Henry Robert Clark was my great grandfather and was born in 1854 in Bristol. I have always been unsure as to how Henry started down the path to becoming a schoolmaster; his father was a factory worker and all his grandparents, and those before them, had been agricultural labourers.
At the age of twelve, by which time many of his contemporaries had finished their education, Henry became a boarder at Sidcot School, a Quaker establishment at Sidcot in North Somerset. Whilst Sidcot was originally set up ‘for the benefit of the children of Friends in low circumstances’, his parents were not Quakers and they wouldn’t have had sufficient funds to send their child into ‘further education’, so the cause of this good luck remains a mystery. None of his siblings seem to have had this privilege.
Henry remained at Sidcot until he was fifteen, at which time he was sent, as an apprentice schoolmaster, to the Quaker Wigton School in Cumberland, and remained there until he was twenty-two, during which time he also had training at another Quaker establishment, The Flounders Institute at Ackworth in Yorkshire.
He first taught as a fully-fledged master at Headingley Hill School in Leeds and a short stay there was followed by two years at Newtown in County Waterford. After this, however, Henry returned to his roots as, late in 1881, he took up a post at Sidcot School where he had been a student some twelve years earlier and where he would remain for the next thirty-nine years.
At this point Henry was still not a convert to Quakerism, but this was not to be the case for long, as he very soon met his wife to be. Mary Louisa Buck had been a student at Sidcot from 1872 until 1876 and after this had remained as a governess to the young children of the headmaster. She was descended from generations of Quakers, and not long before their marriage in 1884, Henry became a member of the Society of Friends (otherwise known as the Quakers).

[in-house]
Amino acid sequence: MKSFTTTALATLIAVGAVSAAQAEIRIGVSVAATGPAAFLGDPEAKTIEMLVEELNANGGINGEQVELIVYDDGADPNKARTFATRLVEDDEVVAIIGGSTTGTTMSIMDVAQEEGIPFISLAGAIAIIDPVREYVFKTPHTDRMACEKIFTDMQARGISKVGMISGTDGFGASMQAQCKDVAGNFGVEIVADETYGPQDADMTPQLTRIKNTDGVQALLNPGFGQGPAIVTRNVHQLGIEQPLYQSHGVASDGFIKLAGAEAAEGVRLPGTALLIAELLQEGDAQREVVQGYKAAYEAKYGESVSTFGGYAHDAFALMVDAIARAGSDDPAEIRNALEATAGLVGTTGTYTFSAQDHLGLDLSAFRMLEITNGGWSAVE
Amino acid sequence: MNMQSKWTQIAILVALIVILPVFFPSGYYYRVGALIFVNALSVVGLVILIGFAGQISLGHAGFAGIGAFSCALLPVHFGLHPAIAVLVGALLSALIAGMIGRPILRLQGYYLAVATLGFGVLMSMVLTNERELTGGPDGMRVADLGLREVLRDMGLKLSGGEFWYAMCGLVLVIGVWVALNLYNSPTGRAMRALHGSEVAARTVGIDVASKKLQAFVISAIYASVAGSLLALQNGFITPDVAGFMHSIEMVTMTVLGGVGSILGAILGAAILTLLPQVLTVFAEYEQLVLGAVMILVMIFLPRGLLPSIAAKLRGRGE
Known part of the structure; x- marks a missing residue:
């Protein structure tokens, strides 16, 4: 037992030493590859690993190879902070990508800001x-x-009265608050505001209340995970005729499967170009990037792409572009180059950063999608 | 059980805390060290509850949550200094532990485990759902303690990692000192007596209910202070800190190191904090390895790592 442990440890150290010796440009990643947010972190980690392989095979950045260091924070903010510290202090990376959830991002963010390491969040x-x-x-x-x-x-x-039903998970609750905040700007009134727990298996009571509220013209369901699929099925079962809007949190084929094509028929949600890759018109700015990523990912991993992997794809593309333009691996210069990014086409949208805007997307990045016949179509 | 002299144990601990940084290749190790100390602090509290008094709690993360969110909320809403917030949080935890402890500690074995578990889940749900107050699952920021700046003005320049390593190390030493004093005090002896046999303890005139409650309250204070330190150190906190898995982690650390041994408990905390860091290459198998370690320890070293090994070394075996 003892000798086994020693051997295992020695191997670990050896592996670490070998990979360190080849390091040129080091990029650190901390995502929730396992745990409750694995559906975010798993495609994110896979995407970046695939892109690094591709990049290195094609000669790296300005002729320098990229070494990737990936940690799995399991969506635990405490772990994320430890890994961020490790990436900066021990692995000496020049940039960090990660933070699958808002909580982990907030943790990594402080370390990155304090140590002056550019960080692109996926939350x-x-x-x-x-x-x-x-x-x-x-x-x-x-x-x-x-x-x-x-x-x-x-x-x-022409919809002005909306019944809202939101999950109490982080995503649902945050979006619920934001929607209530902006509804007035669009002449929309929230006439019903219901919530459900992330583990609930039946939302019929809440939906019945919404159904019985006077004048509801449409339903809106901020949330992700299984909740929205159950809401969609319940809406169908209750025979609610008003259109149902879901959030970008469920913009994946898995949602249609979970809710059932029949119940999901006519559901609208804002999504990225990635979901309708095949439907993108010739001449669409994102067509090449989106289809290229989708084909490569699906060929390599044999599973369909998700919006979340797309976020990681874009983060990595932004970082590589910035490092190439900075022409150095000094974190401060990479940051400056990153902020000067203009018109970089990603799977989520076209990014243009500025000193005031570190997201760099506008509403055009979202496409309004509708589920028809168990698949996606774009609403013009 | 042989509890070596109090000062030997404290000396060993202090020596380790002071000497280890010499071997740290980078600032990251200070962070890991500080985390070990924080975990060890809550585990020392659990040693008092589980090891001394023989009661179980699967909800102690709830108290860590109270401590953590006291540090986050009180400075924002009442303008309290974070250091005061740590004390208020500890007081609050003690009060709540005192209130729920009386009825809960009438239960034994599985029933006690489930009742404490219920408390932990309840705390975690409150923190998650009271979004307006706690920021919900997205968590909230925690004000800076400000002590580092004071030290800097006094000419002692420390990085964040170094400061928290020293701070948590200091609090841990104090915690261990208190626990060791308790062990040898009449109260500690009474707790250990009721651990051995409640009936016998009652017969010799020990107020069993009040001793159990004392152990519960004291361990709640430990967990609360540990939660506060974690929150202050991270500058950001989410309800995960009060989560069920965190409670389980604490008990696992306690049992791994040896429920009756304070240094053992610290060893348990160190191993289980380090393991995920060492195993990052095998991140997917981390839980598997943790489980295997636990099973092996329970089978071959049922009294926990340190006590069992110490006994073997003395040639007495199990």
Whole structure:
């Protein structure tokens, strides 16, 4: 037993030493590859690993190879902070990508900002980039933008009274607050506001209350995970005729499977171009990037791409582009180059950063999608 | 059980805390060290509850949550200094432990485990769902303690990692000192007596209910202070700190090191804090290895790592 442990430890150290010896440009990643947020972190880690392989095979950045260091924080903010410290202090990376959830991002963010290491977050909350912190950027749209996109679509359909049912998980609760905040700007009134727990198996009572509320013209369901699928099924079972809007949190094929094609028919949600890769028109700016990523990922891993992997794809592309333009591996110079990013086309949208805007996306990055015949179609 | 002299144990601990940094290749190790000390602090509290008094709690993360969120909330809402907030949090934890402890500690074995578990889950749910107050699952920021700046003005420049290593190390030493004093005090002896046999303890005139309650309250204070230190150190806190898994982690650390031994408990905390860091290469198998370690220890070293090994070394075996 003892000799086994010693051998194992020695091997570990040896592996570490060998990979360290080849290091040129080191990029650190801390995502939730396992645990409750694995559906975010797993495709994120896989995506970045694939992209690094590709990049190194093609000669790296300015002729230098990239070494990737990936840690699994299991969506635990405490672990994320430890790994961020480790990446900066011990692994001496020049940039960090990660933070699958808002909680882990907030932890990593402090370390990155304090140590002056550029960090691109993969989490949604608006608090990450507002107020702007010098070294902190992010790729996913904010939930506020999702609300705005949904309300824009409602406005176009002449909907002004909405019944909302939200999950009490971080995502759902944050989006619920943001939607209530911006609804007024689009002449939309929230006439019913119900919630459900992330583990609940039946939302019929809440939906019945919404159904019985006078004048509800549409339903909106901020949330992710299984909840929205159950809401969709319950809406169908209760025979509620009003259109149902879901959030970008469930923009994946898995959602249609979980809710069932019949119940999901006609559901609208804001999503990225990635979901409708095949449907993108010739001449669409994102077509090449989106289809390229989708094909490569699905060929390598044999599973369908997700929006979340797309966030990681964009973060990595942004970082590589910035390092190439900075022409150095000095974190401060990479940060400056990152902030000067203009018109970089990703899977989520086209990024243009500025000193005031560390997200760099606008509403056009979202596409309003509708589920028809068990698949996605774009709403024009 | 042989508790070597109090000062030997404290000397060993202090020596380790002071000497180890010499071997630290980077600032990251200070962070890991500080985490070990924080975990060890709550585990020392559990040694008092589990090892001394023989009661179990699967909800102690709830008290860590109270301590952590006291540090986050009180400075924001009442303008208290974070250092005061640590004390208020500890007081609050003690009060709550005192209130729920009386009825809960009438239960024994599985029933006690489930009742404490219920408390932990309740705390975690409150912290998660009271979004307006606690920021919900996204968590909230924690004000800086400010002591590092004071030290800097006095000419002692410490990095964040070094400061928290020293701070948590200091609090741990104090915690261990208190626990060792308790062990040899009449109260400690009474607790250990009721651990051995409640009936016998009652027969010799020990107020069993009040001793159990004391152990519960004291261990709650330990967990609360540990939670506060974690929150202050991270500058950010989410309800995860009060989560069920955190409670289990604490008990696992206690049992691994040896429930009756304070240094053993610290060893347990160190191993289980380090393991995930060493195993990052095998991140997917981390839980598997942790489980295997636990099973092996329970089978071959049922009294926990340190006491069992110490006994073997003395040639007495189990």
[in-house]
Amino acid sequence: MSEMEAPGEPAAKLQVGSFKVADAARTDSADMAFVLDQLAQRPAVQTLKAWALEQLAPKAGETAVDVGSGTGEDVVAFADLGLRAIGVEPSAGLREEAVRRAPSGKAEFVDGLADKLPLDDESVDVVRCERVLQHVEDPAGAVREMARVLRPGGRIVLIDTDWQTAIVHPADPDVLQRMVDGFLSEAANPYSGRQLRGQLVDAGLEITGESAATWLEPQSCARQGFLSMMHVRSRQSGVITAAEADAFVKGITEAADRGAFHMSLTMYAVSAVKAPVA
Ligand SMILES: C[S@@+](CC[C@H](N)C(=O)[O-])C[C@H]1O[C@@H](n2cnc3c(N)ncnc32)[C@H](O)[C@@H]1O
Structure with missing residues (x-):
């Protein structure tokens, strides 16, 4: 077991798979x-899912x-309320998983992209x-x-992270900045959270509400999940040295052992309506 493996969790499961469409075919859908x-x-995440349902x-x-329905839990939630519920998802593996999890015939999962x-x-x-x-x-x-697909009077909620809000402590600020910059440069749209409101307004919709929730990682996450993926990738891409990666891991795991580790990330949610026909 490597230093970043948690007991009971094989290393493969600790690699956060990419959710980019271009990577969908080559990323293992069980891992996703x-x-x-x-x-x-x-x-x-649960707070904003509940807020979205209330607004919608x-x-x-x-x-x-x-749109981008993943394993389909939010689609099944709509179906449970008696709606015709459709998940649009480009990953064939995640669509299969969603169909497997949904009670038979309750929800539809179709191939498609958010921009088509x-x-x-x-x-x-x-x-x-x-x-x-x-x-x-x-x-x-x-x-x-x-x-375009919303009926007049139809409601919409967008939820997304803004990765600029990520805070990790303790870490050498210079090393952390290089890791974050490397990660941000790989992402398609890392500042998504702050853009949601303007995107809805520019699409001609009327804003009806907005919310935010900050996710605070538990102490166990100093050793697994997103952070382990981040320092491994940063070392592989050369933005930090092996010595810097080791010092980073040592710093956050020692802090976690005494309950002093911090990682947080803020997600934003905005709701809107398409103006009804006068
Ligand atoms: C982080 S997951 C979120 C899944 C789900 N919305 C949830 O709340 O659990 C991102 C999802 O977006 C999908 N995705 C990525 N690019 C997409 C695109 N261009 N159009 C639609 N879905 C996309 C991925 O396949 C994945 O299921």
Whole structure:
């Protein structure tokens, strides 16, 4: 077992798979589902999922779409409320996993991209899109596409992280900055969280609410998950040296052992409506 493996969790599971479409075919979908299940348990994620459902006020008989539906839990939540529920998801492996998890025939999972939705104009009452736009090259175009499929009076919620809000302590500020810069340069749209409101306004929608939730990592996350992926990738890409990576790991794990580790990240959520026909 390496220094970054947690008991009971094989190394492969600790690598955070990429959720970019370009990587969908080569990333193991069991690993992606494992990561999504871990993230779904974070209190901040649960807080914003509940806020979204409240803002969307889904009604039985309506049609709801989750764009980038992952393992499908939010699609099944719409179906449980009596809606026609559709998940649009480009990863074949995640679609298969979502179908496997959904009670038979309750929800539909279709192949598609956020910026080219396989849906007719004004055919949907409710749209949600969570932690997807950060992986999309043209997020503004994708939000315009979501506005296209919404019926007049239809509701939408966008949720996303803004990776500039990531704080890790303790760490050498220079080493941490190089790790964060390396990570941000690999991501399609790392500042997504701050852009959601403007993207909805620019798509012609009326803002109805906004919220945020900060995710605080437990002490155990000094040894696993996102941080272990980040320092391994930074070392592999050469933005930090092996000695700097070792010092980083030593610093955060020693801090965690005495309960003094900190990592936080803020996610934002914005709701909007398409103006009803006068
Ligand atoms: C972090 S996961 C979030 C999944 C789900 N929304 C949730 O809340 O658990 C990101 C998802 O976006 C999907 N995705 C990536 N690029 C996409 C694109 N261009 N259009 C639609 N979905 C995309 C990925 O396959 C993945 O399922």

At Sidcot Henry was employed as an Art Master, but also taught mathematics to the lower school. Though strict, he was very kindly towards his students and forever patient with those who found mathematics unintelligible! He was of a humorous disposition and happily accepted his nicknames of ‘Doodles’, because he liked drawing, and ‘Barn Owl’, because of his habit of looking over the top of his glasses at his students. He would also spot disorder in class by looking at the reflection in his spectacles which greatly surprised some of the younger children!
Victorian Quaker schools were considered fairly progressive. Girls and boys received the same education, except for needlework and woodwork, which divided the sexes. Classes were also mixed by the late Victorian period and at Sidcot the normal leaving age for all students was eighteen by the time Henry was teaching there.
Henry’s wife was also involved in school life as she cared for any students convalescing from illness, at their home. Sometimes these children were not in recovery and two or three died whilst in her care which troubled her greatly, mainly because they were not at home with their families.